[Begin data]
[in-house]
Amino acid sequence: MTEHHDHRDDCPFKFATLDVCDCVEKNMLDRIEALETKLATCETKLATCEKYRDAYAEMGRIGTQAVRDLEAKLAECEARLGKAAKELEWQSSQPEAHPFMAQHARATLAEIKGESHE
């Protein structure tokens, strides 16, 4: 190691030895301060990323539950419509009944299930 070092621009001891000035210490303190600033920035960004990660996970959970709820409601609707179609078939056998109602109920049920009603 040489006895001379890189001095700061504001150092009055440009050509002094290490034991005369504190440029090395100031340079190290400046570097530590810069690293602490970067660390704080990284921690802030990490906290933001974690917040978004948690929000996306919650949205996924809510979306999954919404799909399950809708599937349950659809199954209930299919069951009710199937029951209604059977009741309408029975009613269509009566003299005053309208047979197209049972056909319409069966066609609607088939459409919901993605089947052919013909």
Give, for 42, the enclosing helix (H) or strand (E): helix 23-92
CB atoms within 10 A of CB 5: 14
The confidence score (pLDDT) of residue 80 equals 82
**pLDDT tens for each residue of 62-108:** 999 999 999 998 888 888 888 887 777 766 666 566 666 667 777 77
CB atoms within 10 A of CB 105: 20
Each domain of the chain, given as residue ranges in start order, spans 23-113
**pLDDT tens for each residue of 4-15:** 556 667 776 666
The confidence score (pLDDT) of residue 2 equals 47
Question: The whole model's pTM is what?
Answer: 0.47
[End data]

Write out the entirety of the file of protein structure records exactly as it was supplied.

[in-house]
Amino acid sequence: MTEHHDHRDDCPFKFATLDVCDCVEKNMLDRIEALETKLATCETKLATCEKYRDAYAEMGRIGTQAVRDLEAKLAECEARLGKAAKELEWQSSQPEAHPFMAQHARATLAEIKGESHE
């Protein structure tokens, strides 16, 4: 190691030895301060990323539950419509009944299930 070092621009001891000035210490303190600033920035960004990660996970959970709820409601609707179609078939056998109602109920049920009603 040489006895001379890189001095700061504001150092009055440009050509002094290490034991005369504190440029090395100031340079190290400046570097530590810069690293602490970067660390704080990284921690802030990490906290933001974690917040978004948690929000996306919650949205996924809510979306999954919404799909399950809708599937349950659809199954209930299919069951009710199937029951209604059977009741309408029975009613269509009566003299005053309208047979197209049972056909319409069966066609609607088939459409919901993605089947052919013909």
Give, for 42, the enclosing helix (H) or strand (E): helix 23-92
CB atoms within 10 A of CB 5: 14
The confidence score (pLDDT) of residue 80 equals 82
**pLDDT tens for each residue of 62-108:** 999 999 999 998 888 888 888 887 777 766 666 566 666 667 777 77
CB atoms within 10 A of CB 105: 20
Each domain of the chain, given as residue ranges in start order, spans 23-113
**pLDDT tens for each residue of 4-15:** 556 667 776 666
The confidence score (pLDDT) of residue 2 equals 47
Question: The whole model's pTM is what?
Answer: 0.47